I’ve hit a bit of a rough patch lately, romantically-speaking (Okay, who am I kidding? It’s been more of an extended rough patchwork quilt.), so I tried be kind to myself this Valentine’s Day. I passed no judgment on the three brownies I ate over the course of the afternoon; I posted a photo in which I looked really good, along with a funny caption; and I tried to make myself a nice dinner. But as in life and love, cooking does not always go as I intend it to.
I was so excited when a dear friend sent me a delicious-looking falafel recipe a few weeks back. Crispy, light, flavorful; exactly what I wanted to fight the mid-winter doldrums and the Hallmark holiday-induced blues. This recipe appeared to be a match made in gastrointestinal heaven.
Despite my initial excitement, life got in the way and a couple of weeks passed before I could actually make the meal of my dreams. Over the course of those weeks, I pulled up the recipe from time to time, admiring the well-lit photos and re-reading the ingredient list with building anticipation for what this falafel could be. However, as is often the case with a chronically delayed date, the longer I waited, the less in love with the idea of this falafel I became. Yet, the little voice in the back of my head prodded me to give this recipe a chance, because, you never know, it might be The One.
Now, I’ve tried falafel recipes before, and I’ve been burned, both literally and figuratively. I’d get excited about the prospect of crisp, nutty goodness, but usually ended up with a mushy, oily, burnt, inedible mess. A lot of effort and emotional investment on my part with approximately zero reward. Still, I was willing to give it a chance, because maybe this time it’d be a recipe I could commit to.
This foray into falafel-making started off on the wrong foot. I had canned garbanzo beans, rather than the dried beans specified by the recipe and had the wrong oil for frying it in. Despite the fundamental shortcomings in temperament and character of my substitutions, I decided I was just having a little rom-com meet-cute and that it would be best to forge on. Classic let’s-force-this-square-peg-into-a-round-hole stuff that always works out well for all involved because, yes, we can change other people’s personalities and habits. And also make canned beans behave like dried beans.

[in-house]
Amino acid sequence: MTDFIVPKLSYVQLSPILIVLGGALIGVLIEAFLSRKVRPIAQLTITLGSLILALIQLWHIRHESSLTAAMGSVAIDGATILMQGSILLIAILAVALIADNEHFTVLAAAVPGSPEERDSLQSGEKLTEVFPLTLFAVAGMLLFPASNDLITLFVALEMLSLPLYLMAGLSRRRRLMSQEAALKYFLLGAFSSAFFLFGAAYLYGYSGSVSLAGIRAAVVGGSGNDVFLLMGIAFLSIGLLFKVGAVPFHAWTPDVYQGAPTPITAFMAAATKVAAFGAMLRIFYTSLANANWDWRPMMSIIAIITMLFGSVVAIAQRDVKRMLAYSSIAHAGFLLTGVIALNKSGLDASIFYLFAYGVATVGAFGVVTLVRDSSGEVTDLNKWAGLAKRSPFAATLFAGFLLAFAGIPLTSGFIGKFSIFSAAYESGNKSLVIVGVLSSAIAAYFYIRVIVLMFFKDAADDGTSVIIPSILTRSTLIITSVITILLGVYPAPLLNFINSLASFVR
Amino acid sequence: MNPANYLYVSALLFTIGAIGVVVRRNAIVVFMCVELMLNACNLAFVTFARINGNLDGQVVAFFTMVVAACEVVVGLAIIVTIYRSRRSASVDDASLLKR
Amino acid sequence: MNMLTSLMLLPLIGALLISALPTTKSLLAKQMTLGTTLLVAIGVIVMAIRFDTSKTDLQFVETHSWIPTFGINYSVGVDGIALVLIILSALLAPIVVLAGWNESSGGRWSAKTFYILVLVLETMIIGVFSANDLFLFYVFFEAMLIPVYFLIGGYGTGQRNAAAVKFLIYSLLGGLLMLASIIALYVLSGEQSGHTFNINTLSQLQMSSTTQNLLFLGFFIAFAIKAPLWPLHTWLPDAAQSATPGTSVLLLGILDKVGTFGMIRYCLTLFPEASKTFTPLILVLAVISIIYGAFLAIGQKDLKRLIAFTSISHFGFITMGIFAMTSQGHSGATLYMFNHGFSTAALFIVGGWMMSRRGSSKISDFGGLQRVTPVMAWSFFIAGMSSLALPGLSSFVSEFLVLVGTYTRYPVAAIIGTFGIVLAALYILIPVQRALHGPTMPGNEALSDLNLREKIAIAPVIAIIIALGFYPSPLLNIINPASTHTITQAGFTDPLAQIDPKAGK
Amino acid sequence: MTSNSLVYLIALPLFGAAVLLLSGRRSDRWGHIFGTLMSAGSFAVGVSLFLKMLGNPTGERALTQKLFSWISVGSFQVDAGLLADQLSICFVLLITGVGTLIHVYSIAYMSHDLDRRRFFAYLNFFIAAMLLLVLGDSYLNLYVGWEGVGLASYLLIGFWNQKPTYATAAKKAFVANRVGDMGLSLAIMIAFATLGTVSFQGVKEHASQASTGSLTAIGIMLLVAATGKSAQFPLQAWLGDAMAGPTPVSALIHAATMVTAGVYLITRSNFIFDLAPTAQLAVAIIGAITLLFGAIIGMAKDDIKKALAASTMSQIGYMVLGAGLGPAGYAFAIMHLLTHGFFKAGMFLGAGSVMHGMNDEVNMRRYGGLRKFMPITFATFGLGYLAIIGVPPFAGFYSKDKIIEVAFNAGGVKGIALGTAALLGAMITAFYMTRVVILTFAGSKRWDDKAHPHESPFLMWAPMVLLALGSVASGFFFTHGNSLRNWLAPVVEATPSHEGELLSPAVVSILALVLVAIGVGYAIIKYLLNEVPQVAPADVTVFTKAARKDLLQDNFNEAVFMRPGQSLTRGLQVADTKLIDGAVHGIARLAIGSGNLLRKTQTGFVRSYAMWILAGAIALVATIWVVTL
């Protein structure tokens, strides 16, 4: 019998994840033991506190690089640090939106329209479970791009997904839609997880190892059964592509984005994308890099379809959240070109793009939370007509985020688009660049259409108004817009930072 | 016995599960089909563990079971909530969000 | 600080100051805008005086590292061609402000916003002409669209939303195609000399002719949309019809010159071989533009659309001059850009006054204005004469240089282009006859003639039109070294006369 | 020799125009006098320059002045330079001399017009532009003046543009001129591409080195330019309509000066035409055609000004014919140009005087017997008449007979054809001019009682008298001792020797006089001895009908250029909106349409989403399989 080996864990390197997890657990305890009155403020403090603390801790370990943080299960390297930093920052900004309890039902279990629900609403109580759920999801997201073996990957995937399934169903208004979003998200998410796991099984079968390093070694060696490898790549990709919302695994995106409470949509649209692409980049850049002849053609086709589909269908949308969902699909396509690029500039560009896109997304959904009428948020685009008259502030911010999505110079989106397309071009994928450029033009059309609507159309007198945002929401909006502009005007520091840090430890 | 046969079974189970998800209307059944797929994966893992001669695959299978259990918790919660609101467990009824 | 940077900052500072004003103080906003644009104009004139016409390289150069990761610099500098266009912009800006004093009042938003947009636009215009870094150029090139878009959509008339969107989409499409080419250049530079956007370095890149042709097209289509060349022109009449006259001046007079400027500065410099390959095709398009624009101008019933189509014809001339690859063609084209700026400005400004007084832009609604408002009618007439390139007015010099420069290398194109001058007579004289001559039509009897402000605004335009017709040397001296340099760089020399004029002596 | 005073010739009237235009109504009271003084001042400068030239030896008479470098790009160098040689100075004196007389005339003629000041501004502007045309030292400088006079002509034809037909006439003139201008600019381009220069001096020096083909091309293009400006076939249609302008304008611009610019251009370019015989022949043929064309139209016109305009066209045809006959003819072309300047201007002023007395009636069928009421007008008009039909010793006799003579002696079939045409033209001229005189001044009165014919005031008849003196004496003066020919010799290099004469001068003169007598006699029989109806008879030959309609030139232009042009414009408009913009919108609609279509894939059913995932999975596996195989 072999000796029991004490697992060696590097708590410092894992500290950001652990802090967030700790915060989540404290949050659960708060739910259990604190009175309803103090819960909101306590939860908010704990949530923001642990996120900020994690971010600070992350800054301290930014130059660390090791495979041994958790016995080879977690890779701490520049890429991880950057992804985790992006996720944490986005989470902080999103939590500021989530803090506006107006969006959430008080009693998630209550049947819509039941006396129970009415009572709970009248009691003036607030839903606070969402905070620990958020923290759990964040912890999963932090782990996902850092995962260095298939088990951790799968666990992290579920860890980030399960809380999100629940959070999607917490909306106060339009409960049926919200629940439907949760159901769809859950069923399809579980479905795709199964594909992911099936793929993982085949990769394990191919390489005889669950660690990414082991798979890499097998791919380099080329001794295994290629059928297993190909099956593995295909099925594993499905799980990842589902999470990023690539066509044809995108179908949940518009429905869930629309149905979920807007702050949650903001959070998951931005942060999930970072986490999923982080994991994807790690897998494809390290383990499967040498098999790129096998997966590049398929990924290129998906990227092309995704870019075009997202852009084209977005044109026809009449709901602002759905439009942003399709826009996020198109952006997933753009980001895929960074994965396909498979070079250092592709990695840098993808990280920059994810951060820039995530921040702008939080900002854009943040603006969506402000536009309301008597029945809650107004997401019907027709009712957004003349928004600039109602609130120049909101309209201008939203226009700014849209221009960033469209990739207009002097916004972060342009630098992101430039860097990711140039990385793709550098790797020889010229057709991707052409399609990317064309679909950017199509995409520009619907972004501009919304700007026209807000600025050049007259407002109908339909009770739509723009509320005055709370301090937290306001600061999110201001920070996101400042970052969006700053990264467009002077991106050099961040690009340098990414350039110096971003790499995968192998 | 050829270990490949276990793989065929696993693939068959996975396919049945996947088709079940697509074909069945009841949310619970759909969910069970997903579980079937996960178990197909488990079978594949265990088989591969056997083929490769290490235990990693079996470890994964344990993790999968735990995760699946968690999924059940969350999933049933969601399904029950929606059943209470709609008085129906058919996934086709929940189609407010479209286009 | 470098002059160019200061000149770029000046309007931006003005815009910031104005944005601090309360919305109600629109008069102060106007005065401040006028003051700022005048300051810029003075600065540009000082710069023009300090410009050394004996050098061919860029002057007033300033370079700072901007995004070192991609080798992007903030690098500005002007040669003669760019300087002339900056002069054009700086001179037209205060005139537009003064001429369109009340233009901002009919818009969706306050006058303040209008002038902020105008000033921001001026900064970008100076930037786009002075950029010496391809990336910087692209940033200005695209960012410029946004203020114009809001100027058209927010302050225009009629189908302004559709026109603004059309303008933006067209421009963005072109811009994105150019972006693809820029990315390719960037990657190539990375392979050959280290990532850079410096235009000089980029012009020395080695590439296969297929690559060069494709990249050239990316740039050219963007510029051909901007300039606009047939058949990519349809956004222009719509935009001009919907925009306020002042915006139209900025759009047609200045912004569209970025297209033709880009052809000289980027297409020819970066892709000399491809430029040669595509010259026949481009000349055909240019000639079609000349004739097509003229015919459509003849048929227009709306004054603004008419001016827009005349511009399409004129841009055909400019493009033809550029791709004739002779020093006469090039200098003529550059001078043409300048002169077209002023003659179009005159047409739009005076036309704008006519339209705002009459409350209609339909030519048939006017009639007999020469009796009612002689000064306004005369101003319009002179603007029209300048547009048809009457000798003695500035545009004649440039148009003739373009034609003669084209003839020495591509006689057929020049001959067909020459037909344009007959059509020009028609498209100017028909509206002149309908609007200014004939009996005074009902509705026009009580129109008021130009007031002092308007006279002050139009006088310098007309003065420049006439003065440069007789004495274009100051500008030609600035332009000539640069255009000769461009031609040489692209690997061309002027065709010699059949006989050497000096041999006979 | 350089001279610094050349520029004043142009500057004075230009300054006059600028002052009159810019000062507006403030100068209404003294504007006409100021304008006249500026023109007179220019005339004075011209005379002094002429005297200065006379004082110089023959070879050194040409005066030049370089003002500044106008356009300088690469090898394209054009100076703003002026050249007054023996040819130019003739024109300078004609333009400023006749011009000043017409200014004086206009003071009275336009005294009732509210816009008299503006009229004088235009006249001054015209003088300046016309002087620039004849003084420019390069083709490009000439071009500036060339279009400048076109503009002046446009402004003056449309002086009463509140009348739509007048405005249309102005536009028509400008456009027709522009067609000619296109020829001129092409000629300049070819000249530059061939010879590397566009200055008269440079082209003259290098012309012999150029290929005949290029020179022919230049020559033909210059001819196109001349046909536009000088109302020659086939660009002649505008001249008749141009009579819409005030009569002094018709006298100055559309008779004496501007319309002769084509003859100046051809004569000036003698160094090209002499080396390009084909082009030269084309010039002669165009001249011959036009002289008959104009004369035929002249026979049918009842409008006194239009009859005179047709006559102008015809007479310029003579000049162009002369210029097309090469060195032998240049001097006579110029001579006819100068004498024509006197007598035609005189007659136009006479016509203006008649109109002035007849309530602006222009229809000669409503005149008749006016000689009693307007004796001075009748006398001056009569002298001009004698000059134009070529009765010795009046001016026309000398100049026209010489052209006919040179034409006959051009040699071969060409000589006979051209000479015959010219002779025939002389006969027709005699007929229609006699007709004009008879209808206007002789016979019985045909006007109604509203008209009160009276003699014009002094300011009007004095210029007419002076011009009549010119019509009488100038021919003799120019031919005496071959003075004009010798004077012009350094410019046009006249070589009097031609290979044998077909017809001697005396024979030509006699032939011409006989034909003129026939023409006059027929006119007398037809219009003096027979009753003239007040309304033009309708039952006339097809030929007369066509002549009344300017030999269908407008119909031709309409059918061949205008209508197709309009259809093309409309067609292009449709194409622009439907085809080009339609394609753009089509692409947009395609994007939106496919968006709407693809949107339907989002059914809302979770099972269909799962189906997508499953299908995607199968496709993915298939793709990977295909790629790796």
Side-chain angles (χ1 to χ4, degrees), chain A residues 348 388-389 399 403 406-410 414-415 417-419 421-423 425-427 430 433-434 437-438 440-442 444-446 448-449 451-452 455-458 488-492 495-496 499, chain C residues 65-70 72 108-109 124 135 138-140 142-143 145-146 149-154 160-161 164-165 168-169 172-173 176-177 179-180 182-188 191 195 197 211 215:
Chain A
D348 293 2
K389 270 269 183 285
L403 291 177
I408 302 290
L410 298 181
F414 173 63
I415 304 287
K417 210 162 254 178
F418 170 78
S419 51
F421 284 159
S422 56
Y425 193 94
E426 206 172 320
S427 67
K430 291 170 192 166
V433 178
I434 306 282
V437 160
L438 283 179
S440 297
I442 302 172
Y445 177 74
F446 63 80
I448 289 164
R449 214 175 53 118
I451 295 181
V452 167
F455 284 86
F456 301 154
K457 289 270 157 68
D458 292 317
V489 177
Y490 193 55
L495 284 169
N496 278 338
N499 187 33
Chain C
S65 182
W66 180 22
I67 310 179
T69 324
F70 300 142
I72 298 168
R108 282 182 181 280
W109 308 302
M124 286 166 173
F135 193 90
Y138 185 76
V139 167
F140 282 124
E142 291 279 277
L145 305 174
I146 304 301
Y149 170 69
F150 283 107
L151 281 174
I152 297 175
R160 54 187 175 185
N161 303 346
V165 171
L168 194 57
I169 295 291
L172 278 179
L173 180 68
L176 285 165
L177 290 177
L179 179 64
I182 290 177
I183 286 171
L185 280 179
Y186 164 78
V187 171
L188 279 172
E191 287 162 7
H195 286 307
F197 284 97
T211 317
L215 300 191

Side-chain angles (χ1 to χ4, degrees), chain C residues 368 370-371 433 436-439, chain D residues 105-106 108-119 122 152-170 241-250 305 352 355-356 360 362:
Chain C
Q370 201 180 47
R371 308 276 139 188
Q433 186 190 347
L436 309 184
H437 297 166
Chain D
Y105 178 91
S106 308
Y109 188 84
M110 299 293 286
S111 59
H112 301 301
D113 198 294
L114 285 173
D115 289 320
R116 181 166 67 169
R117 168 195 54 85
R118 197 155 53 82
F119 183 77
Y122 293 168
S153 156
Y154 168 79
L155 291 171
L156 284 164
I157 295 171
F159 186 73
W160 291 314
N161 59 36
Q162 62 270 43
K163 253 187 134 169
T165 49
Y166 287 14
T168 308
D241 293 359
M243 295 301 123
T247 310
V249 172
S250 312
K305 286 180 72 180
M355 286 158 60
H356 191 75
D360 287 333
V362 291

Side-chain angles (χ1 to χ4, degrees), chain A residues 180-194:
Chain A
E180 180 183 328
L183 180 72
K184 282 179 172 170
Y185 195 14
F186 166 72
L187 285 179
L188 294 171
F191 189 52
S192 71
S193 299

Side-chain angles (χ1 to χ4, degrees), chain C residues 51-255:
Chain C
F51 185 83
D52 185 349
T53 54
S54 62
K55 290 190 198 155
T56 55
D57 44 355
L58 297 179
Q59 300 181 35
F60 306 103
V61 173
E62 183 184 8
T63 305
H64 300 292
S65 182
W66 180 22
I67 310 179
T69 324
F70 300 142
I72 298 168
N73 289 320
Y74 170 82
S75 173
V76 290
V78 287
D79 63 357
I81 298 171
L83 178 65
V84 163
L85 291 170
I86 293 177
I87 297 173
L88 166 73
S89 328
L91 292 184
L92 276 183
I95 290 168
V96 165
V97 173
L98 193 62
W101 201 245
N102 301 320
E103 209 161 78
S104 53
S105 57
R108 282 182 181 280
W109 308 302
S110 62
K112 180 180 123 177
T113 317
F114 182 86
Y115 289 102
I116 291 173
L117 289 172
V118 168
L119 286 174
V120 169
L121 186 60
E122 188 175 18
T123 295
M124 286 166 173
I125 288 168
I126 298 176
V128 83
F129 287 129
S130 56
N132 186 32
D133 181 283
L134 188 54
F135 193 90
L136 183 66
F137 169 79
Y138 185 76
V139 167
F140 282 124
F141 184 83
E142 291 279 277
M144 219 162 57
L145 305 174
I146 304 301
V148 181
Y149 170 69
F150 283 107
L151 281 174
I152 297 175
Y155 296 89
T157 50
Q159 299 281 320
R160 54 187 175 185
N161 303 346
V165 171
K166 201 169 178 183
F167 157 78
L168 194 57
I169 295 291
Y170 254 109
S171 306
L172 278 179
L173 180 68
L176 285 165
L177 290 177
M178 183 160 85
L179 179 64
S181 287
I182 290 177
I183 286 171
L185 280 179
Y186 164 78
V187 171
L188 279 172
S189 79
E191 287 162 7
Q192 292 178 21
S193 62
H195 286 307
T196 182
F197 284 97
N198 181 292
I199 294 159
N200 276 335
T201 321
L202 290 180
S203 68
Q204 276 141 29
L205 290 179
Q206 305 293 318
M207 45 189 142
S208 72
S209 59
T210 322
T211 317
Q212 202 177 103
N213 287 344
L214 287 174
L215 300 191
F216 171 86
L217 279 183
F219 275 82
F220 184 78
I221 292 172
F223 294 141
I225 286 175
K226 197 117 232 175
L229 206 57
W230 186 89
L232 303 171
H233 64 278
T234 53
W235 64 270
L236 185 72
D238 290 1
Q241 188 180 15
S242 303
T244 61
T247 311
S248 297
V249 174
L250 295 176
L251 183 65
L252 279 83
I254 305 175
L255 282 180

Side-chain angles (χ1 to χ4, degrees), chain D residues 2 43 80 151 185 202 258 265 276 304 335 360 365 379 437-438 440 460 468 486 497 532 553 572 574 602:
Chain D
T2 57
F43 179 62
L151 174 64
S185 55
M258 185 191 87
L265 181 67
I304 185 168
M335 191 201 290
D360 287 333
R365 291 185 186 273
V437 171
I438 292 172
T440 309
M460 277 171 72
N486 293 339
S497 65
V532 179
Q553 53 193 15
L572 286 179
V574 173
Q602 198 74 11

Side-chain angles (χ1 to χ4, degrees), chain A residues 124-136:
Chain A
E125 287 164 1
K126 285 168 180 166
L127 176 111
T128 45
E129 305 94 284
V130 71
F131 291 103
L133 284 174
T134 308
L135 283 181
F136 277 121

I also messed up all of the spices, due to my own neglect. Fearing that I would end up alone and meal-less, I zealously overcorrected. Would my falafel mixture understand that my adding far too much coriander and salt was my way of showing that I just wanted things to work out? Would it get that smothering everything in cumin was just a clumsy attempt at affection?
That burst of attention seemed to do the trick for a little while, at least. I felt like I was really getting into the groove and things were beginning to click as I processed all the ingredients. But just as I was shaping perfect, golf ball-sized chickpea rounds, self-doubt struck. Was I really doing this? Is this what pre-cooked falafel is supposed to look like? After so many failures, would love finally work out for me? Do I really deserve such a tasty meal?
But, as with all my relationships, just when I thought it was going great, that’s when it all fell apart. I dropped the falafel balls into the hot oil simmering in the cast iron skillet, and rather than the jazzy sizzle I was hoping for, they made a rather half-hearted hiss. The oil was heating up, but my meal was losing steam.
I grew impatient and was fearful that if I wasn’t attentive enough, the falafel would burn. Overeager, I flipped them too early. What were once perfectly shaped patties now became amorphous, disintegrating piles of mush. I worked quickly to try to reshape them, leaning in to my tendency of believing that if I cling to something strongly enough, the outcome might change. (Pro tip from the perpetually single and hungry: This does not work.)
The situation became more hopeless by the minute. In a last ditch effort to save both my meal and my love life, I changed tactics and threw the whole mess into the oven. At this point, I was in a culinary free-fall; I have no idea how to care for these sad, little excuses for a Middle Eastern staple. They came out somehow both simultaneously over- and undercooked. The only option I had was to throw it all out.
Much like the end of every relationship, I ended up hungry and unfulfilled. All I had to show for my time and painstaking hard work was a smoky kitchen that stinks of burnt garlic and a sink full of dirty dishes. And much like the fallout from every relationship, I spent an excessive amount of time overanalyzing my actions, trying to pinpoint exactly where I went wrong and lamenting all of the ways I could have fixed everything. (Never mind all of the things that were out of my control, like the sloping floors in my apartment or the old oven with questionable temperature controls. I was the only one at fault here.) And though I was disappointed and frustrated, I knew I couldn’t stay this way for long; I’d starve to death.
So, I picked myself up off my kitchen floor, dusted off the crumbs, dried my tears, and threw the whole, crusty mess into the trash. I washed all my dishes and found a snack to curb some of my hunger. Yes, I was bummed, sad even, about the disastrous falafel incident. But, in time, this memory will fade. Before I know it, I’ll come across a new falafel recipe that will intrigue me. I’ll pull down my food processor and open up another can of chickpeas. Maybe, just maybe, next time it’ll be love.
[Editor’s Note: Classic Vegan Falafel recipe]